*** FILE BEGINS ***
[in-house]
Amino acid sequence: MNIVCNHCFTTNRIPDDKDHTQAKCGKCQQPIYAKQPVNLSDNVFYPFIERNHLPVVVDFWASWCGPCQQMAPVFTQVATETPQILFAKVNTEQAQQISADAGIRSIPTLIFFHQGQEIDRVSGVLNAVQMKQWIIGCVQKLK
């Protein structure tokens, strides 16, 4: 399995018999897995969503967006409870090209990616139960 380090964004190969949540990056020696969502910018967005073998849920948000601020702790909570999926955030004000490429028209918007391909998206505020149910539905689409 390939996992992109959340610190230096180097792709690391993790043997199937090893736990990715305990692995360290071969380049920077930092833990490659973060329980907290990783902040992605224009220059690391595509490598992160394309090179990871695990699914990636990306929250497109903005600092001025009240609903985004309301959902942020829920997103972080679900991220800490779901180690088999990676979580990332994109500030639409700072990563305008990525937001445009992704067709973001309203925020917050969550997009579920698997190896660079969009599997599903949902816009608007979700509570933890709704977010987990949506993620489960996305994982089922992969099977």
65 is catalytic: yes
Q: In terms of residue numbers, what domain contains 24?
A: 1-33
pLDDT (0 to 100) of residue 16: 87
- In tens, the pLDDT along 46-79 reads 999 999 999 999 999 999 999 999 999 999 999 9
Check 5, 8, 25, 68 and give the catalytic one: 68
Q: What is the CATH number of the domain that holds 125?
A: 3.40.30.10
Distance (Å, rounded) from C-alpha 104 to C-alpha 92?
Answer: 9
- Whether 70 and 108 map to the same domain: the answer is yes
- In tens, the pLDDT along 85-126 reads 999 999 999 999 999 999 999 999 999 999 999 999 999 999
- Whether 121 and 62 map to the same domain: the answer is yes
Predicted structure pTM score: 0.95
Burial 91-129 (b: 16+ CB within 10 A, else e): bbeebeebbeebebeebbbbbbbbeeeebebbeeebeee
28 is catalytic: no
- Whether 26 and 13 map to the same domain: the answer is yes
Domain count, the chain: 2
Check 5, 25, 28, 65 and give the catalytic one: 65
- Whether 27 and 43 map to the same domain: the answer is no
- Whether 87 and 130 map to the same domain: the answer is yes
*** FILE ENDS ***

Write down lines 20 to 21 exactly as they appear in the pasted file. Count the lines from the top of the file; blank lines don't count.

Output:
- Whether 26 and 13 map to the same domain: the answer is yes
Domain count, the chain: 2